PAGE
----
Author(s): Pieper DH, Martins dos Santos VA, Golyshin PN
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Abstract Several new methodologies have enabled recent studies on the microbial biodegradation mechanisms of organic pollutants. Culture-independent techniques for analysis of the genetic and metabolic potential of natural and model microbial communities that degrade organic pollutants have identified new metabolic pathways and enzymes for aerobic and anaerobic degradation. Furthermore, structural studies of the enzymes involved have revealed the specificities and activities of key catabolic enzymes, such as dioxygenases. Genome sequencing of several biodegradation-relevant microorganisms have provided the first whole-genome insights into the genetic background of the metabolic capability and biodegradation versatility of these organisms. Systems biology approaches are still in their infancy, but are becoming increasingly helpful to unravel, predict and quantify metabolic abilities within particular organisms or microbial consortia.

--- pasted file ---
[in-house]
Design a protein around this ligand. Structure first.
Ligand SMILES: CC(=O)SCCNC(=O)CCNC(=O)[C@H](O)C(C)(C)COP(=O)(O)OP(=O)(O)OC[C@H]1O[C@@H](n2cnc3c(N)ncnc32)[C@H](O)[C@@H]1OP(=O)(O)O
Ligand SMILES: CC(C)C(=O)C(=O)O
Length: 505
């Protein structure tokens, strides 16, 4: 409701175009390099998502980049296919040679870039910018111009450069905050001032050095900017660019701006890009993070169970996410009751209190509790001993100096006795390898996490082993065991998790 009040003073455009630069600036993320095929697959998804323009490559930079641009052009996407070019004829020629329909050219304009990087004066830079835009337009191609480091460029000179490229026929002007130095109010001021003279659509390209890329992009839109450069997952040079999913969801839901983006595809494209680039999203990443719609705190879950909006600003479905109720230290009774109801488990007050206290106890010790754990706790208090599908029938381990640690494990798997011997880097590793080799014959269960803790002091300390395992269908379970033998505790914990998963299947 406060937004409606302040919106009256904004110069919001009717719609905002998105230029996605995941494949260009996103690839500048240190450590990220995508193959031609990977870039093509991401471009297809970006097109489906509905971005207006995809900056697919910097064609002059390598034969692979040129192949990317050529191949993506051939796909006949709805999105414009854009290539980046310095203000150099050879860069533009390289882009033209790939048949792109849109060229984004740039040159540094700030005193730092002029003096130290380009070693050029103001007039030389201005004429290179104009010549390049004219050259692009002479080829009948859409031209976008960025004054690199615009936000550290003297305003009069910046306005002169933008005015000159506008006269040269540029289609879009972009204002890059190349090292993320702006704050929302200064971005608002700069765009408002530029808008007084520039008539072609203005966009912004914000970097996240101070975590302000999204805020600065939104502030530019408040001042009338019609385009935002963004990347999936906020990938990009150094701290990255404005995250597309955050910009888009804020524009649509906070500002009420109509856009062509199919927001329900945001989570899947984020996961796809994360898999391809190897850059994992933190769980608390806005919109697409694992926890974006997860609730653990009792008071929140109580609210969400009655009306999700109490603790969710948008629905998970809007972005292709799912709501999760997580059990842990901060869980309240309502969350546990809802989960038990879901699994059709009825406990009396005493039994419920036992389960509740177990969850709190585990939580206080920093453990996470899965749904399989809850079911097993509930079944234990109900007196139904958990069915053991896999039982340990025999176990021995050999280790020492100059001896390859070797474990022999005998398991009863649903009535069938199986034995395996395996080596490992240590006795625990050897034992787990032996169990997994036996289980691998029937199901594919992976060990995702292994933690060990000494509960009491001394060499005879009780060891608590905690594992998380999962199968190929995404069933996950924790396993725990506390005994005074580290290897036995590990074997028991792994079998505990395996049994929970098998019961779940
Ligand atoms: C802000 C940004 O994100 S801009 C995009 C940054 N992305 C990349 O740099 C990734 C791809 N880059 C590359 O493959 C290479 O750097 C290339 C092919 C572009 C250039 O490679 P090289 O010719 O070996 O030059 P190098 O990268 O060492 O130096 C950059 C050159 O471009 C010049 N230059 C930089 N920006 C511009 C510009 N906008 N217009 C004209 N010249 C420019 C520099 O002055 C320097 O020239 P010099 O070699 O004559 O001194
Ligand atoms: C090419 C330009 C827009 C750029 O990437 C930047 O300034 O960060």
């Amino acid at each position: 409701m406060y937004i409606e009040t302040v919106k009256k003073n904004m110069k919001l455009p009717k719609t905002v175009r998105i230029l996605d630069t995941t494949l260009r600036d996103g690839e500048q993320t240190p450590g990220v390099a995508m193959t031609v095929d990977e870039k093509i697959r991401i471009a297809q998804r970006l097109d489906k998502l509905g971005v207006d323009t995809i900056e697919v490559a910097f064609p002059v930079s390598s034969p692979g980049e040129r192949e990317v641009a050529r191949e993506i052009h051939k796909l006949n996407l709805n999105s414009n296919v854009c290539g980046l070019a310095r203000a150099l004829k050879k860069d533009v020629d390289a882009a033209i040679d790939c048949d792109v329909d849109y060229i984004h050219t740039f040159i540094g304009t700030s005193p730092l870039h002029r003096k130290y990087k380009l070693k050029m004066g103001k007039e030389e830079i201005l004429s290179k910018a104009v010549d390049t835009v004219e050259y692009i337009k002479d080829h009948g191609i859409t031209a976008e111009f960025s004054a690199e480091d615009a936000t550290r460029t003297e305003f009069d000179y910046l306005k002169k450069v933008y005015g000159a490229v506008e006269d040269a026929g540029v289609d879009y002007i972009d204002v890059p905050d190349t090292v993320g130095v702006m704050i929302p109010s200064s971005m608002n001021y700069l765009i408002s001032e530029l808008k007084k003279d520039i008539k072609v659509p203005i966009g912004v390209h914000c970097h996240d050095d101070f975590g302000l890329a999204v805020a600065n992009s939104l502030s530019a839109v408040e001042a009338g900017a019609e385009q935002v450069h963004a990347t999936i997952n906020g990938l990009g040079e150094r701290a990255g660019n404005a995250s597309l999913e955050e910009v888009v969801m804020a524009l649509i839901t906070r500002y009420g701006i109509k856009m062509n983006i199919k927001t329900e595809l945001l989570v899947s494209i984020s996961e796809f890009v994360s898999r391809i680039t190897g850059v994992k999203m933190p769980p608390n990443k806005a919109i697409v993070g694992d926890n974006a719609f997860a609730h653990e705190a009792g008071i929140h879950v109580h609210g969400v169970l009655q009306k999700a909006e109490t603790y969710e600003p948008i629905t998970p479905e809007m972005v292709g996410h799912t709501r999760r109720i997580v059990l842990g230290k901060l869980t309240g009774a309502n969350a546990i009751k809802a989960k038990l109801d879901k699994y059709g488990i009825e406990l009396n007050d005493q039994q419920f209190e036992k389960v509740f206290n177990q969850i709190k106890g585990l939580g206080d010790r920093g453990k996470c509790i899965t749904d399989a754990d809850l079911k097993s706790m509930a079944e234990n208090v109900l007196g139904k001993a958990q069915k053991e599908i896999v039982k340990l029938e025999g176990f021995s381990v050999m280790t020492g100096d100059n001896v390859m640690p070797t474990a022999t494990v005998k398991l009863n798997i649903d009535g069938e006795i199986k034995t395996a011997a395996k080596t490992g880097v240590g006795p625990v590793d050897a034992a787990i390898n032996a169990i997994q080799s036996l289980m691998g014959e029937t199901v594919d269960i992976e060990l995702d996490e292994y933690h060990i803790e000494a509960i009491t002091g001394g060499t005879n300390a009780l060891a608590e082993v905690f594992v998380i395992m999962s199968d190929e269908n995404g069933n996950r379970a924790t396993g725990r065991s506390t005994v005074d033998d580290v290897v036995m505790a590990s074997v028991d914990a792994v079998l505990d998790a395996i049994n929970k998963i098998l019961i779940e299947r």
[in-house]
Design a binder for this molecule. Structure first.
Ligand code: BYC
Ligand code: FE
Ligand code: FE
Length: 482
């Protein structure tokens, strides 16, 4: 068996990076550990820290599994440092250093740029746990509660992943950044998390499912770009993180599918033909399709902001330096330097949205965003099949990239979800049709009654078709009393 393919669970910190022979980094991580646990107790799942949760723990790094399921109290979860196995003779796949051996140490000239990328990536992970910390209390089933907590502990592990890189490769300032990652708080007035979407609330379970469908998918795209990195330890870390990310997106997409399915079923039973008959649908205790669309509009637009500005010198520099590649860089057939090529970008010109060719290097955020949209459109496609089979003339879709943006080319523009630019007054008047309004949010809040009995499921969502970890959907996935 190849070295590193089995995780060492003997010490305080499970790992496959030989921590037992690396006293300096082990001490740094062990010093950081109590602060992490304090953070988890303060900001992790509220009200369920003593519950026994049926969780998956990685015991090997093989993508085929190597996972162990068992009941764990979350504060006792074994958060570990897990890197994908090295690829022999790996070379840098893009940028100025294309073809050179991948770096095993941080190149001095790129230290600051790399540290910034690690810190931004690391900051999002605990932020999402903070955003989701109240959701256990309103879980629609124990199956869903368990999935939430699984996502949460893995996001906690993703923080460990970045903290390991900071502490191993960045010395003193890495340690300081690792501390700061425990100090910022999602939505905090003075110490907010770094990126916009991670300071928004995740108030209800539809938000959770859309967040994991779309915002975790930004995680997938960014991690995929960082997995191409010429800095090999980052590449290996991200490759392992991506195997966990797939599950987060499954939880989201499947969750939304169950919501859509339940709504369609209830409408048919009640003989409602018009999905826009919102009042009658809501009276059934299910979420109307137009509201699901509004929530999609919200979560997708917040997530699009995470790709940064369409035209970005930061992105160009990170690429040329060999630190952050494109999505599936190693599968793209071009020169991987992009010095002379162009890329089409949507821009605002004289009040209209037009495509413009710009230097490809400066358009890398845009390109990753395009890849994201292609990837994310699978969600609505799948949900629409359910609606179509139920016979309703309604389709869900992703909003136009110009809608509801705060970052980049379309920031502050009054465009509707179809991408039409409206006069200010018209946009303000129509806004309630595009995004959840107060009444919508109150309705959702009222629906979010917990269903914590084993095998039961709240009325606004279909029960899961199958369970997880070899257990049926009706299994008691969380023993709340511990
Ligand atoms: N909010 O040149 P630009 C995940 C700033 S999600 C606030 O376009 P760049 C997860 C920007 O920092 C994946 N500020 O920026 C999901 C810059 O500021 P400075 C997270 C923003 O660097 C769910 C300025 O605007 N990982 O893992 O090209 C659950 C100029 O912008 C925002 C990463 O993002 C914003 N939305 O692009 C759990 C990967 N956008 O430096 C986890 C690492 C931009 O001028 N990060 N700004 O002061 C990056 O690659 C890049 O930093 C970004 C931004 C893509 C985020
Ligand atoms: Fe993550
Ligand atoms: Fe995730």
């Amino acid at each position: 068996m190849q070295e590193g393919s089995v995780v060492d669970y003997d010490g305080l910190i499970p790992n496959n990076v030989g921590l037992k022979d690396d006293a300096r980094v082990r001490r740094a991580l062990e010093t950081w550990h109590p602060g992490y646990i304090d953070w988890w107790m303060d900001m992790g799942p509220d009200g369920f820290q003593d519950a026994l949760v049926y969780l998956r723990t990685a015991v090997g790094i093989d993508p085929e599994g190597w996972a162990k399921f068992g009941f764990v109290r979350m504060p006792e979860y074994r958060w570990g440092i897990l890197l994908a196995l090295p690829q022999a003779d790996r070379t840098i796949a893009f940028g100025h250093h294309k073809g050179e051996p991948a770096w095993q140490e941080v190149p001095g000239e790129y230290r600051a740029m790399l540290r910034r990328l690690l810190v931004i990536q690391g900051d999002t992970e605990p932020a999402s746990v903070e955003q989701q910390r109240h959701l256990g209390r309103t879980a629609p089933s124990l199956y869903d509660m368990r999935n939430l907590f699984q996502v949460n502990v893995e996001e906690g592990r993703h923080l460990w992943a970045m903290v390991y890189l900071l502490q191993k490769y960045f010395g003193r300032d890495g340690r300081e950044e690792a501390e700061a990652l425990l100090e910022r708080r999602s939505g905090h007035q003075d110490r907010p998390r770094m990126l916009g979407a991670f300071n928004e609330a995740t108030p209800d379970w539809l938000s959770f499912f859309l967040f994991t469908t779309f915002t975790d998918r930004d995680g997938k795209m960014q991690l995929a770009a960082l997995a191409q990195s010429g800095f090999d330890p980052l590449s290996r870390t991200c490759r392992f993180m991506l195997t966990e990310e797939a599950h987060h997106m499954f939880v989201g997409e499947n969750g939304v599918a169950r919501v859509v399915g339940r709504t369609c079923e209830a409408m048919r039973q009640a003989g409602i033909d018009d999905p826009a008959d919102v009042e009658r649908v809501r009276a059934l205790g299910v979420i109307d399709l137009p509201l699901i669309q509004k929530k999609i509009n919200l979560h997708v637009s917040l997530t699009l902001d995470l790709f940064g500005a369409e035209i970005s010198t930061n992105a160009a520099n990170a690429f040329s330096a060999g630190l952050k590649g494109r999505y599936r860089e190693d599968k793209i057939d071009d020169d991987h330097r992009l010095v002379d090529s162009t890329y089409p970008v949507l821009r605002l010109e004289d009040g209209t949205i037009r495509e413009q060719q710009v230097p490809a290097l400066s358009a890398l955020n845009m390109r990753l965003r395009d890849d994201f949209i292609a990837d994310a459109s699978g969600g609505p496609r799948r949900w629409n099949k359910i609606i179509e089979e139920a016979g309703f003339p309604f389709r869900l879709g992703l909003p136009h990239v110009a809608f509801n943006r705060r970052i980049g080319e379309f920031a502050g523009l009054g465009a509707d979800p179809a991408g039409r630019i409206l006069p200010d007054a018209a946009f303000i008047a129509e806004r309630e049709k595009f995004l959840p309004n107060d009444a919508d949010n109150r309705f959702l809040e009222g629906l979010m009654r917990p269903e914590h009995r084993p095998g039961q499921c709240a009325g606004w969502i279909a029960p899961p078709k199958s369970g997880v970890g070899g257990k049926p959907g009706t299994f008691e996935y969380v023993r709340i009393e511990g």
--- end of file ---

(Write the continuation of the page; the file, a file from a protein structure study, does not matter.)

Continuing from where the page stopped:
This article was published in Curr Opin Biotechnol
and referenced in Journal of Bioremediation & Biodegradation